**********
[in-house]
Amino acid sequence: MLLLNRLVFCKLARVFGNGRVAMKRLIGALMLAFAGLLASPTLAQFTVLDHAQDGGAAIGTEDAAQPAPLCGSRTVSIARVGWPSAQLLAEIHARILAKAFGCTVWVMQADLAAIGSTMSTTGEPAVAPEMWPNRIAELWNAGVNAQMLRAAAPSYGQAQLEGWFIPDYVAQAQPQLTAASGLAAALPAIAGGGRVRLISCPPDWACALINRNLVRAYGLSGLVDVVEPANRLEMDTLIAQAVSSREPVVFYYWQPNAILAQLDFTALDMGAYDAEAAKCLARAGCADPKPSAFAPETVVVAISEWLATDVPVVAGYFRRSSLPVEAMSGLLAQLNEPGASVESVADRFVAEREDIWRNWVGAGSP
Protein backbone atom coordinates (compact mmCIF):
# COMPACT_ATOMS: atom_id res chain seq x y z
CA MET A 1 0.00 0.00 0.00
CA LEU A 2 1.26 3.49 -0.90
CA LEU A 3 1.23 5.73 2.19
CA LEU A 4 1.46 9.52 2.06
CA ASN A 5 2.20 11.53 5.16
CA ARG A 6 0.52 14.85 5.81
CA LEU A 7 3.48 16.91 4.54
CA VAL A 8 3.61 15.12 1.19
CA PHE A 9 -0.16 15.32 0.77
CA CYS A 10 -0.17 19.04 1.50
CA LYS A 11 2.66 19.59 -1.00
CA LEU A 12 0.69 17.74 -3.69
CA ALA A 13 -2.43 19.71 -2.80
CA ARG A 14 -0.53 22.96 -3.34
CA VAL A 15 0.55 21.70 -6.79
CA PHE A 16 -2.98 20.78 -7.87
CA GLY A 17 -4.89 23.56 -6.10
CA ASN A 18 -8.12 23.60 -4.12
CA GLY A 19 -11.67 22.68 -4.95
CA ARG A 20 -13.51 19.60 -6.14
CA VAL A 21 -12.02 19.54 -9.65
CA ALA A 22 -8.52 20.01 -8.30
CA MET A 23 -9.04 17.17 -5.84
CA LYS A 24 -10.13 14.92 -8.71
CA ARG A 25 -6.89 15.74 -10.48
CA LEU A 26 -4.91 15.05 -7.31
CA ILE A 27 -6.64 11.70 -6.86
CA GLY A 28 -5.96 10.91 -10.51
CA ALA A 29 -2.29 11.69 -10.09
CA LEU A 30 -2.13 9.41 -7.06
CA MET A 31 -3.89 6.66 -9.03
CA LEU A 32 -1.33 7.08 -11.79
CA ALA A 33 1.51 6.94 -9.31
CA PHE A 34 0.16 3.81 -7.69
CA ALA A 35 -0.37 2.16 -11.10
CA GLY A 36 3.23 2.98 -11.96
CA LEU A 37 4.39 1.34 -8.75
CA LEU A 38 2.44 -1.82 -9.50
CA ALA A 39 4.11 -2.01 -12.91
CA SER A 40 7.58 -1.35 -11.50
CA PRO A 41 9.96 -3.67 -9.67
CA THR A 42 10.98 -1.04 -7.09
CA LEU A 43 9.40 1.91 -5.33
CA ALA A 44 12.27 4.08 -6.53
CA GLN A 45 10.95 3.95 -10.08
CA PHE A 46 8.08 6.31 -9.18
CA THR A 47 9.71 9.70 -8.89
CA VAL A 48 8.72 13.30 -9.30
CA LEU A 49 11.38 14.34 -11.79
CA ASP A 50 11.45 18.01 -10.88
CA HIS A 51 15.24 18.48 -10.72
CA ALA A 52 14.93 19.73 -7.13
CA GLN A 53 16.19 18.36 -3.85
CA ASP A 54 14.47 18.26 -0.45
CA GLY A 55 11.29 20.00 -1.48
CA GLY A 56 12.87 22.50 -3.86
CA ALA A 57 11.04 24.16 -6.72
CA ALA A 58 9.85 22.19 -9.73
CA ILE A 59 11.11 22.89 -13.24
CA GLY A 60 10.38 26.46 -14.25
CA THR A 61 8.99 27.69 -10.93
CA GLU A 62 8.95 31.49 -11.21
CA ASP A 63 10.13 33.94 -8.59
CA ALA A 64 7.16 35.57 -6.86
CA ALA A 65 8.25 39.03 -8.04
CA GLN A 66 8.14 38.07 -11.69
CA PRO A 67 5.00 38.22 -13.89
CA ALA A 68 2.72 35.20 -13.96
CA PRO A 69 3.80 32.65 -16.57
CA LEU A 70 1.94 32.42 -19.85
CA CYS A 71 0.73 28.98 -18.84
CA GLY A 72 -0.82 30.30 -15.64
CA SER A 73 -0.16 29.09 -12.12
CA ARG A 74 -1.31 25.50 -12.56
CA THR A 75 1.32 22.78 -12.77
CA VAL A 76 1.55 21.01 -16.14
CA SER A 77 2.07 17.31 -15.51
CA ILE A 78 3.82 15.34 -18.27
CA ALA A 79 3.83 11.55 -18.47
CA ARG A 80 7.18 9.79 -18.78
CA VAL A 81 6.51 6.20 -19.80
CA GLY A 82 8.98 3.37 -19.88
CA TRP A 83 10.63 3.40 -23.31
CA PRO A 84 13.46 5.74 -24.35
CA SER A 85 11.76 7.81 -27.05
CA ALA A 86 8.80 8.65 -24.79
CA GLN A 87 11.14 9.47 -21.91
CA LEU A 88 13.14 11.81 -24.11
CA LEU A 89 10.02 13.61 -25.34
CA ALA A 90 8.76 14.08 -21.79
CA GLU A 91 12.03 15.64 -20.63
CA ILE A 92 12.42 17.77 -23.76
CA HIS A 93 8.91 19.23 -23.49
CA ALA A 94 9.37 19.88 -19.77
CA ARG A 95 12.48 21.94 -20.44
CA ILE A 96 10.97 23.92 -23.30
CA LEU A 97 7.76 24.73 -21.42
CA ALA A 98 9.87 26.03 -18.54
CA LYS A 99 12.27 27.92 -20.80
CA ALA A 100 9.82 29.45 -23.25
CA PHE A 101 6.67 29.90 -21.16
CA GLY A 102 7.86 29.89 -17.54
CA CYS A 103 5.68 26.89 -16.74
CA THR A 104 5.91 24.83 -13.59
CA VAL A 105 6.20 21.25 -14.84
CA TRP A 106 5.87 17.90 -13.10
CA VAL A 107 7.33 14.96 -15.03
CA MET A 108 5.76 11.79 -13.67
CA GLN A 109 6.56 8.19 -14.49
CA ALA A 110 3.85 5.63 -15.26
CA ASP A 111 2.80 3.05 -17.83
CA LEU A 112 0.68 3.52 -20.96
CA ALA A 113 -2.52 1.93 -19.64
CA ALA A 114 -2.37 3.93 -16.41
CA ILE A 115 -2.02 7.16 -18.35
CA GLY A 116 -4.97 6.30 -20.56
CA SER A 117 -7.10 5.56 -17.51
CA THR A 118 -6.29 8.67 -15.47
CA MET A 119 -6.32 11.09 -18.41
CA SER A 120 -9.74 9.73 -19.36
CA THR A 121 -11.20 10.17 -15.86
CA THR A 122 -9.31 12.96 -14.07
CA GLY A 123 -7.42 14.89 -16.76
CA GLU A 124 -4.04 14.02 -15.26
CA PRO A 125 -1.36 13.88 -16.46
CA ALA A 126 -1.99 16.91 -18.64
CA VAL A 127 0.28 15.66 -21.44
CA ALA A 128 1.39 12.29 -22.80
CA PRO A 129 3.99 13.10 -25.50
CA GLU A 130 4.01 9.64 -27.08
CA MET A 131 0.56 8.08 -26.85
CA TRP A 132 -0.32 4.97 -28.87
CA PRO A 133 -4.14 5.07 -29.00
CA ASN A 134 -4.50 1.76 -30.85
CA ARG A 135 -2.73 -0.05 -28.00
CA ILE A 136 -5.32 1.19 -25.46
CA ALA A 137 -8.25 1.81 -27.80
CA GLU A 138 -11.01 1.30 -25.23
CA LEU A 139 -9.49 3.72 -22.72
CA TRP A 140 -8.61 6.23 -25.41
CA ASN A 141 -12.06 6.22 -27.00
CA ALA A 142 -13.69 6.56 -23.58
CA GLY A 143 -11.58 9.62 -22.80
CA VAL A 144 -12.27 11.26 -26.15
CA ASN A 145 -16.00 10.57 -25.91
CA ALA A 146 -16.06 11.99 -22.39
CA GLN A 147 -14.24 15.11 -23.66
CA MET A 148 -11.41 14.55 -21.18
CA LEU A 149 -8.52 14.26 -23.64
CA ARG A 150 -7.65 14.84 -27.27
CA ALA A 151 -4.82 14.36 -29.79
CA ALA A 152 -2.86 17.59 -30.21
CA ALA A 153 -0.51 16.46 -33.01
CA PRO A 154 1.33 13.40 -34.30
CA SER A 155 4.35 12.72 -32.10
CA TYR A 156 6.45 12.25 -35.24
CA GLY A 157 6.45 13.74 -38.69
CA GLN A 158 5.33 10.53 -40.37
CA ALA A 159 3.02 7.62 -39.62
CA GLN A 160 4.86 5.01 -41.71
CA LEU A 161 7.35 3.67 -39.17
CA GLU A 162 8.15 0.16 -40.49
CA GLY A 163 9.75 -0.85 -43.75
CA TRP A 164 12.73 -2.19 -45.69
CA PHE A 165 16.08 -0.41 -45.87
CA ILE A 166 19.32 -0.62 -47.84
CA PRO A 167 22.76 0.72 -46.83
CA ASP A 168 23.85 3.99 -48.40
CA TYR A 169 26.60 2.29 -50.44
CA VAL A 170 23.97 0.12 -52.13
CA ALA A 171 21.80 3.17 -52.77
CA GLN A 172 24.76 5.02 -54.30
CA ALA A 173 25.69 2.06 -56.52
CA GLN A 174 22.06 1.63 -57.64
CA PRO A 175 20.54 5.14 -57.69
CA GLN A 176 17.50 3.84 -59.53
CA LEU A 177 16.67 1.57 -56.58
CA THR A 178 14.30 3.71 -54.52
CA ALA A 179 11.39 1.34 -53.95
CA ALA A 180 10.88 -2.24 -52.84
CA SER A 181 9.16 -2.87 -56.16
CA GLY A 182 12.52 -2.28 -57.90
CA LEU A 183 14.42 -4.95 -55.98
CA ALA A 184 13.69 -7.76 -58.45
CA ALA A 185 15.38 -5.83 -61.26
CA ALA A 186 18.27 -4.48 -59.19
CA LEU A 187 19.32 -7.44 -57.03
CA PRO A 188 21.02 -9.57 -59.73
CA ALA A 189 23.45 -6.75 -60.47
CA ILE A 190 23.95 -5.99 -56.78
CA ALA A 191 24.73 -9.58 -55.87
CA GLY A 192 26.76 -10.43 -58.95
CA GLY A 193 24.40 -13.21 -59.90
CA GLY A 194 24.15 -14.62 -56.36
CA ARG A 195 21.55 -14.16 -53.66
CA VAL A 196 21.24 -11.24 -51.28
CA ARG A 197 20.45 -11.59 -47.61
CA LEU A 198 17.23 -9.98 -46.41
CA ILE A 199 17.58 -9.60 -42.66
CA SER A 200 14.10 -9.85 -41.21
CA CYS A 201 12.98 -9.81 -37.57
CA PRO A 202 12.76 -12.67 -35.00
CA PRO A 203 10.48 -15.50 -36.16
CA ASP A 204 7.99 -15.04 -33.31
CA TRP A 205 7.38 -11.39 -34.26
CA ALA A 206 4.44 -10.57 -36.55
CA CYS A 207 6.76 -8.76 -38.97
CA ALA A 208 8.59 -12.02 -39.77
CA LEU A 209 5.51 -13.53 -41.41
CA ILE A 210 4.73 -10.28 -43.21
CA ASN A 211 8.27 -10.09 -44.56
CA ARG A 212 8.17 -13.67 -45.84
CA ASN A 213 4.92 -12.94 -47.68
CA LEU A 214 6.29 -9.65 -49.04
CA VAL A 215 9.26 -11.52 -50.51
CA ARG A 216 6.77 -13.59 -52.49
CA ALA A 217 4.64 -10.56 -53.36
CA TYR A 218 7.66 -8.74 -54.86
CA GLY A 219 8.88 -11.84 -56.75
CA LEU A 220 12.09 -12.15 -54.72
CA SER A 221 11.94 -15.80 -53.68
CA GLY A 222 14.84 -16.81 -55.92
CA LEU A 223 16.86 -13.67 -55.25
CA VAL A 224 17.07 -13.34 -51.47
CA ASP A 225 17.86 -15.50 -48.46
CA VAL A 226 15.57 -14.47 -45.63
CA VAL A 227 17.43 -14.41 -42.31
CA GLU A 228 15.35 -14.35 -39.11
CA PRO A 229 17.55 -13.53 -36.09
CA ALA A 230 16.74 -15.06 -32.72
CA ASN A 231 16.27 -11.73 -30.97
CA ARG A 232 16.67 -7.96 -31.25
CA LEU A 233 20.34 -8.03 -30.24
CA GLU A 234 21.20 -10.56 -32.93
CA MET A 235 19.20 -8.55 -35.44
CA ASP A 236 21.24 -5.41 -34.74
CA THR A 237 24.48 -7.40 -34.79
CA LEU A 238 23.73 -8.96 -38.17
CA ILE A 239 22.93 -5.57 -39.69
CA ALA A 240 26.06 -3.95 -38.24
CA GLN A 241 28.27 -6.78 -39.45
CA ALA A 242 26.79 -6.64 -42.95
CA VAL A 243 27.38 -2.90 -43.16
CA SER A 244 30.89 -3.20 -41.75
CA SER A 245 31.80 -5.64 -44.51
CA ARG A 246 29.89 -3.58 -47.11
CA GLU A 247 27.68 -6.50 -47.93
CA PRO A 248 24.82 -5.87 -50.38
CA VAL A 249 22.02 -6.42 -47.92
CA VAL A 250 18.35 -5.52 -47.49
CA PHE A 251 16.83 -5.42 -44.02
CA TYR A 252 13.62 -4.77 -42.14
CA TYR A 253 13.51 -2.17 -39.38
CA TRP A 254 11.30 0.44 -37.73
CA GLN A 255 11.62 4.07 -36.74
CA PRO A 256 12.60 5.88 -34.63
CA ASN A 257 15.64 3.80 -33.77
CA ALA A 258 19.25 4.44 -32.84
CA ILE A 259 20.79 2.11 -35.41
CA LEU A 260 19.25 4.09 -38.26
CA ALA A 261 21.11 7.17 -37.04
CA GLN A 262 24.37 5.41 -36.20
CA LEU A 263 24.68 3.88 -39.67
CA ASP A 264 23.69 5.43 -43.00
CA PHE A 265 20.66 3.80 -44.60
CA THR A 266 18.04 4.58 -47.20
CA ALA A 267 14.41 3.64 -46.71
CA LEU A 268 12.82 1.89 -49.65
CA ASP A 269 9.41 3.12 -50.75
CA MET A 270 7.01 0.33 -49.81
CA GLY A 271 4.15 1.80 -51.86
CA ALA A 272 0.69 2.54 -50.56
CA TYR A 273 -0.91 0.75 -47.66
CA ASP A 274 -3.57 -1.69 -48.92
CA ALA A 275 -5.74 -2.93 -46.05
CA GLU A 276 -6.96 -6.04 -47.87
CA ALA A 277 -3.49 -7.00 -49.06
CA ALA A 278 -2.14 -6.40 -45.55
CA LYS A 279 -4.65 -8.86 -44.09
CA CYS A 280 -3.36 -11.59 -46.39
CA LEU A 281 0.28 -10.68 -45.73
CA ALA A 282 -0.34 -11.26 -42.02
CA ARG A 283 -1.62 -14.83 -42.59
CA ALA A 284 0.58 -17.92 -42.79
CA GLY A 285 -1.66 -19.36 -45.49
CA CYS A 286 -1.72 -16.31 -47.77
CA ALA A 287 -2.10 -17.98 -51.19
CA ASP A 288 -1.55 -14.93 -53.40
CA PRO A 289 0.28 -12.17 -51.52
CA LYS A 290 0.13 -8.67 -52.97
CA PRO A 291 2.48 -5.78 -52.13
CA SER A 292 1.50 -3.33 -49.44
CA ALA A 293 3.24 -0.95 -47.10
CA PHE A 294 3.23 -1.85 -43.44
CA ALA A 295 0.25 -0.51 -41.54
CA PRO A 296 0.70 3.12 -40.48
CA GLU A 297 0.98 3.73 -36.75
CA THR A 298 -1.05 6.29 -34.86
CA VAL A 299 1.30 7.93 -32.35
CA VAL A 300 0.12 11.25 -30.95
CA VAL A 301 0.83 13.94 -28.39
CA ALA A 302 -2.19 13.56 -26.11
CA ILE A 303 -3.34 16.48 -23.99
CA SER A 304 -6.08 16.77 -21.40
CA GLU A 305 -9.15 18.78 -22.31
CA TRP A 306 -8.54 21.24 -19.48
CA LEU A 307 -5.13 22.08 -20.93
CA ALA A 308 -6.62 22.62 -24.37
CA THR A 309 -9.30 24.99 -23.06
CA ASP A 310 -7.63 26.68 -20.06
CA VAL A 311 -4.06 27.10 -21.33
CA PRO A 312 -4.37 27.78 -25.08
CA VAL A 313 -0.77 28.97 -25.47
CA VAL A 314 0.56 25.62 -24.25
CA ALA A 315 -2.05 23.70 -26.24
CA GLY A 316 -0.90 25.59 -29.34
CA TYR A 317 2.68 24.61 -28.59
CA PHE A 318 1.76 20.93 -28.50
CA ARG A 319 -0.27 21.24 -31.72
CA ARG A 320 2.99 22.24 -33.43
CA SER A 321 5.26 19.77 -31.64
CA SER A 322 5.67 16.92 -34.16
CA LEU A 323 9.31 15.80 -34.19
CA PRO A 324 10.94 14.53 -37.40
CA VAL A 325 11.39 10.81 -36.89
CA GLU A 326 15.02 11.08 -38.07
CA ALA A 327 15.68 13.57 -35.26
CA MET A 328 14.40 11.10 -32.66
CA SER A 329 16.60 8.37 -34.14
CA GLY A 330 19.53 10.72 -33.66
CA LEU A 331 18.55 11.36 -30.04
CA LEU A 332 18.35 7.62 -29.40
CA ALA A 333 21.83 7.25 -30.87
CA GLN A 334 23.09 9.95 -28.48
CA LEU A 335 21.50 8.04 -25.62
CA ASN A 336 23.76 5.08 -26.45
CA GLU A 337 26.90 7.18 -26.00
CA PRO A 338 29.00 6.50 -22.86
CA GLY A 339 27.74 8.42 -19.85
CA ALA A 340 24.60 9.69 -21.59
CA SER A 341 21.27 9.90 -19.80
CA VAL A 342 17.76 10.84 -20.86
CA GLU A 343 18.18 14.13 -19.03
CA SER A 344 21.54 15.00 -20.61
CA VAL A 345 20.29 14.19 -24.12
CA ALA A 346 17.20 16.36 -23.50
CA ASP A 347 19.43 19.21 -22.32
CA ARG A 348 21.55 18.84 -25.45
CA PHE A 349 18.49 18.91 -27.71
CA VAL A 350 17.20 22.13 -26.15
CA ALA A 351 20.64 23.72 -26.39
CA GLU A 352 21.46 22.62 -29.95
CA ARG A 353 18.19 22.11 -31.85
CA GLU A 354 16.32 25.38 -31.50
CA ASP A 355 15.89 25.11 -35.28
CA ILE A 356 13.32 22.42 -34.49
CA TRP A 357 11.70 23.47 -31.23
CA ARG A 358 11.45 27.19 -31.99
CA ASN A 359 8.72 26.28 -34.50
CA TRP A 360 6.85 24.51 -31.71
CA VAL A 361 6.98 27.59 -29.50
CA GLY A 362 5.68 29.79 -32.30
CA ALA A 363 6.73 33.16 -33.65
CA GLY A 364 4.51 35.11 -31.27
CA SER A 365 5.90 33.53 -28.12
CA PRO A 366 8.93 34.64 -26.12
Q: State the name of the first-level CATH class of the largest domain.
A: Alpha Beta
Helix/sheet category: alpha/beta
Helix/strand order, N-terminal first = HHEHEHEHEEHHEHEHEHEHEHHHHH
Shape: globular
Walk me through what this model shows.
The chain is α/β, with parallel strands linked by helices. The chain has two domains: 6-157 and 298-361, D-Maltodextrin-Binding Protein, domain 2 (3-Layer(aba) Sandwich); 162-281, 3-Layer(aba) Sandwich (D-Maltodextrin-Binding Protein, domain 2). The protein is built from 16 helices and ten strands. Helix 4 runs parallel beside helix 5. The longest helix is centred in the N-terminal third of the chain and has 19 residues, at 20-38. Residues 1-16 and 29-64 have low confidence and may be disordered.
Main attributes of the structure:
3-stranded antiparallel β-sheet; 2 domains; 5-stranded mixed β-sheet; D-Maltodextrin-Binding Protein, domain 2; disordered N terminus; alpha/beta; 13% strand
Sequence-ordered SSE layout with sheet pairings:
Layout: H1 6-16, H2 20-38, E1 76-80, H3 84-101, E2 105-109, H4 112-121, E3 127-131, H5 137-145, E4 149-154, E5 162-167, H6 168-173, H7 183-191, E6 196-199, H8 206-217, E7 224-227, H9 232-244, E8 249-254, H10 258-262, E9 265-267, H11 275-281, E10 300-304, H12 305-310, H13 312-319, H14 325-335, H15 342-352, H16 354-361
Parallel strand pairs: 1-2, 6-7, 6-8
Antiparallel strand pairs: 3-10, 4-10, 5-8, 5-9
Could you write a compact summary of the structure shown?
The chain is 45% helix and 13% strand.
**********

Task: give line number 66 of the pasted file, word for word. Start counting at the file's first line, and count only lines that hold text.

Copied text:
CA GLU A 62 8.95 31.49 -11.21